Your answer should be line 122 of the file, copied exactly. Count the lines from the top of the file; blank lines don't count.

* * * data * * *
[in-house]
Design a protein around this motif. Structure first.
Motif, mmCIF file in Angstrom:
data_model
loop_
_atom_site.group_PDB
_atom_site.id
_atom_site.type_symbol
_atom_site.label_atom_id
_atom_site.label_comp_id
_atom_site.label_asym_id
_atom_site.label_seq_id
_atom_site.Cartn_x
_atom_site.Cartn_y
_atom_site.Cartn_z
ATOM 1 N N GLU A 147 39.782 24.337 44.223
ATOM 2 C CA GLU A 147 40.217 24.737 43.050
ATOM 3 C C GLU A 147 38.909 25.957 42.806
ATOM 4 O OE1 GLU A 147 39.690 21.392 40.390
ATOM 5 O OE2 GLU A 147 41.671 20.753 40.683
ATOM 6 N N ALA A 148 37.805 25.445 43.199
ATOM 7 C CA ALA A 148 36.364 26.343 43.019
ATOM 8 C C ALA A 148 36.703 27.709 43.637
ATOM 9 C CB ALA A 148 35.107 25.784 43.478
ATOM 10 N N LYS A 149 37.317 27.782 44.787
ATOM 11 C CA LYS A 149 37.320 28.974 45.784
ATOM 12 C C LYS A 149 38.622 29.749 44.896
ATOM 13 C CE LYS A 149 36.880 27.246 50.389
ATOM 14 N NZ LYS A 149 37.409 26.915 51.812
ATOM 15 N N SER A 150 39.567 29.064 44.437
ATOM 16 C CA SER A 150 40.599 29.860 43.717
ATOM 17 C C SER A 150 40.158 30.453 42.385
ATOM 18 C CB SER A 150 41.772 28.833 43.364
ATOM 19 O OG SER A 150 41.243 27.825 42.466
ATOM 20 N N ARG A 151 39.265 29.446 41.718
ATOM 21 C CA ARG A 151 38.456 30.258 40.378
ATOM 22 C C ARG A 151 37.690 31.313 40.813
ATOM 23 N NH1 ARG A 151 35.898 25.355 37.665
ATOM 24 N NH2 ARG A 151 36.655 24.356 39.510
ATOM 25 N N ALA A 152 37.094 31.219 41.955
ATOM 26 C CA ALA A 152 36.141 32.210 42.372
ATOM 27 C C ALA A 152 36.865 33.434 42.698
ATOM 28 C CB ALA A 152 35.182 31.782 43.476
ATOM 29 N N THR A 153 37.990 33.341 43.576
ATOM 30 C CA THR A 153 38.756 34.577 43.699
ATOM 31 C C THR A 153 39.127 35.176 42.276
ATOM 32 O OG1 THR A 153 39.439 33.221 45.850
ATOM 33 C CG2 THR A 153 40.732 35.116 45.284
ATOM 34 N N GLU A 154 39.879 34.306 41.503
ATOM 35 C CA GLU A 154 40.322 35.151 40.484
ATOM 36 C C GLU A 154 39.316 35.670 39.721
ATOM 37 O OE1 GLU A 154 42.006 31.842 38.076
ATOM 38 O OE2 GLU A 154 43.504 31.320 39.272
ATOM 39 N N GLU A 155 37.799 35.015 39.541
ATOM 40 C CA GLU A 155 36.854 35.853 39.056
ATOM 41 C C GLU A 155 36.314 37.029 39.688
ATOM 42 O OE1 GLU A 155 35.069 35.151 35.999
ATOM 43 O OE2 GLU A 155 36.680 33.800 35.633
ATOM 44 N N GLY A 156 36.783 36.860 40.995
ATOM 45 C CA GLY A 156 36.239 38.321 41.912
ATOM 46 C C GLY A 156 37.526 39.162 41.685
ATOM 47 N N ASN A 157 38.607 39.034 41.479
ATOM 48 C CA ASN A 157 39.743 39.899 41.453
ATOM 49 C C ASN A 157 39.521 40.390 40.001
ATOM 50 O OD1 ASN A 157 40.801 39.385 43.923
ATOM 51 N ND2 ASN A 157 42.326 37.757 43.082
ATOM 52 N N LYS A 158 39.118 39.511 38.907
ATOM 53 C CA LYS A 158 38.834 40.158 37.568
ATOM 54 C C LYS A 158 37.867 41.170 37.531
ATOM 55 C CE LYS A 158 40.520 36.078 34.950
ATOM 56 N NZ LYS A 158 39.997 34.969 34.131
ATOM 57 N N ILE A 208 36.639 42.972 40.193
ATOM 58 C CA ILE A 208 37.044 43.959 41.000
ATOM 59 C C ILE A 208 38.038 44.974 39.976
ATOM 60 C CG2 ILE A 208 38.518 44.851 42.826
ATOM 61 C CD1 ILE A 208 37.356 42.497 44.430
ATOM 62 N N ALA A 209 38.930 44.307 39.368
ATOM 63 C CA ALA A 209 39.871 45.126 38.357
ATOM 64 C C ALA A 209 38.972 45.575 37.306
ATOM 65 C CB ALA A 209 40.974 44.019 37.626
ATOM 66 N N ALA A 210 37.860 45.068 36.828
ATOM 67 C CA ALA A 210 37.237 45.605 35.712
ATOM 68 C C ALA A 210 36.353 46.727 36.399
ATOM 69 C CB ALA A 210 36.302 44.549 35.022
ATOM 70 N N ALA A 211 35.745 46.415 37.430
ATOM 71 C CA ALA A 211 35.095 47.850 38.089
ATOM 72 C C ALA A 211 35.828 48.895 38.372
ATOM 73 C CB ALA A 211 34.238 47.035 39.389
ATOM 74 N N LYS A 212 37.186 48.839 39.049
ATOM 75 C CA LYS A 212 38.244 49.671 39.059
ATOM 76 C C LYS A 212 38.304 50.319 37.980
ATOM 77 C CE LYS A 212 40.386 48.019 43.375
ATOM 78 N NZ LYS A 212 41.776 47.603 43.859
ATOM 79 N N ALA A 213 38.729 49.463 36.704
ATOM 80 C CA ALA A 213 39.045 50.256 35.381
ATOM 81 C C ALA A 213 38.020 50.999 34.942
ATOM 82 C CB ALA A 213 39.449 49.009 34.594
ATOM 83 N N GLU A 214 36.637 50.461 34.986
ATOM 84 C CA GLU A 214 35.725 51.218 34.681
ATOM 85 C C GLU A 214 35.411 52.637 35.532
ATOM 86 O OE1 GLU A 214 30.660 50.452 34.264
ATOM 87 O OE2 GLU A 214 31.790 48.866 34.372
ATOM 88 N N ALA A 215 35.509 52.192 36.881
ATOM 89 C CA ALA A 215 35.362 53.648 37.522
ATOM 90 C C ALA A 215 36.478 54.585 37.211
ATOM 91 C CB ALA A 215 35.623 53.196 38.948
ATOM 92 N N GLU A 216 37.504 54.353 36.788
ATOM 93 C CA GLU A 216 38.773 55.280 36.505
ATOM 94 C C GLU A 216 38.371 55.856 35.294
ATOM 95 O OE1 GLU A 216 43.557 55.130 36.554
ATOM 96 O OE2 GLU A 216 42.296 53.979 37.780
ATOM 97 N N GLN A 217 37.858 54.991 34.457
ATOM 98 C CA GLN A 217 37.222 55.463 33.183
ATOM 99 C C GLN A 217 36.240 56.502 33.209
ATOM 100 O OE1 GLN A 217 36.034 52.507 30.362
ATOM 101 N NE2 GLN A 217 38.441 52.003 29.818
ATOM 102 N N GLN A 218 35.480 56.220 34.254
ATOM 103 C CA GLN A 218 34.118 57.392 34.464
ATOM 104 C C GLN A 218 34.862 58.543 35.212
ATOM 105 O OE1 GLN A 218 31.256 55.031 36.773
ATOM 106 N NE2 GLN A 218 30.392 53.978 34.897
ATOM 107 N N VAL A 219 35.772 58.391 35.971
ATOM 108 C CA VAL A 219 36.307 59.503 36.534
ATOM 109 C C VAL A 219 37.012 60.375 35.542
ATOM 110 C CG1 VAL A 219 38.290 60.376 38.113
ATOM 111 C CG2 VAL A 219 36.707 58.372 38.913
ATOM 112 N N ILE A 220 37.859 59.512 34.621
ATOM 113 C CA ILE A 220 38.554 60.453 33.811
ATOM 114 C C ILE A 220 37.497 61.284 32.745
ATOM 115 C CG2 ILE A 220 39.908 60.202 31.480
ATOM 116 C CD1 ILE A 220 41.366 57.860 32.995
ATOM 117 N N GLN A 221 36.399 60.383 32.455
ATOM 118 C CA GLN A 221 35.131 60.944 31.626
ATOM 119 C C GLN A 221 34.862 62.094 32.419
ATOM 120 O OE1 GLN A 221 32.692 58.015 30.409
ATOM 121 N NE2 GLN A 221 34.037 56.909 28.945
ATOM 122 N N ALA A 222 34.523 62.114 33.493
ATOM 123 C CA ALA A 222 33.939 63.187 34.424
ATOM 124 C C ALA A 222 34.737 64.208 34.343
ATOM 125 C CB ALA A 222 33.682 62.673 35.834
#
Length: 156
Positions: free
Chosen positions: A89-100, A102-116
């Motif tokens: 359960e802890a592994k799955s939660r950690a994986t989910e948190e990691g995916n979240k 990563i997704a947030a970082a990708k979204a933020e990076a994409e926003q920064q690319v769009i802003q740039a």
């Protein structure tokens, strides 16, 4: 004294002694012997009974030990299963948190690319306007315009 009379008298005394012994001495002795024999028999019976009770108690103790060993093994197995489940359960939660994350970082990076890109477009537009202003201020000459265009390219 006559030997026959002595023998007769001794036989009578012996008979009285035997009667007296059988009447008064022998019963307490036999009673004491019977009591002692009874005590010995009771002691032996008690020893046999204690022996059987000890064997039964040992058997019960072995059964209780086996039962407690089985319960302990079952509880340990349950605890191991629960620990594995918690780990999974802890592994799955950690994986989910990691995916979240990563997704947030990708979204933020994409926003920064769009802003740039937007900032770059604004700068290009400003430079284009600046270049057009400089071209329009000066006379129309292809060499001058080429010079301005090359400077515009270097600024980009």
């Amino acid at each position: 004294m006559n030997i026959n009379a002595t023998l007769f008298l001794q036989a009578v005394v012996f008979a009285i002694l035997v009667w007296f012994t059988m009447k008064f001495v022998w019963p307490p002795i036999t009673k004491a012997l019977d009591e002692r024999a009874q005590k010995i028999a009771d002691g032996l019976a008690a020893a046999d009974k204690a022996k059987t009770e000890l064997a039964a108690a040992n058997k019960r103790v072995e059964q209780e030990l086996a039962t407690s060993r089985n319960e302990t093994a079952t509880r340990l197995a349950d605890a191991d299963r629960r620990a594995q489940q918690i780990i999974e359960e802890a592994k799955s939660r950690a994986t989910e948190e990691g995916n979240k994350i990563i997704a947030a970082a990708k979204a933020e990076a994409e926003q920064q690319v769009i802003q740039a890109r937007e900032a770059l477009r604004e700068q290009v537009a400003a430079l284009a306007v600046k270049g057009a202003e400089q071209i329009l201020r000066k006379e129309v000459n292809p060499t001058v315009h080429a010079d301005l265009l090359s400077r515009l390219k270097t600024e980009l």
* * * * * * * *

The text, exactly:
ATOM 107 N N VAL A 219 35.772 58.391 35.971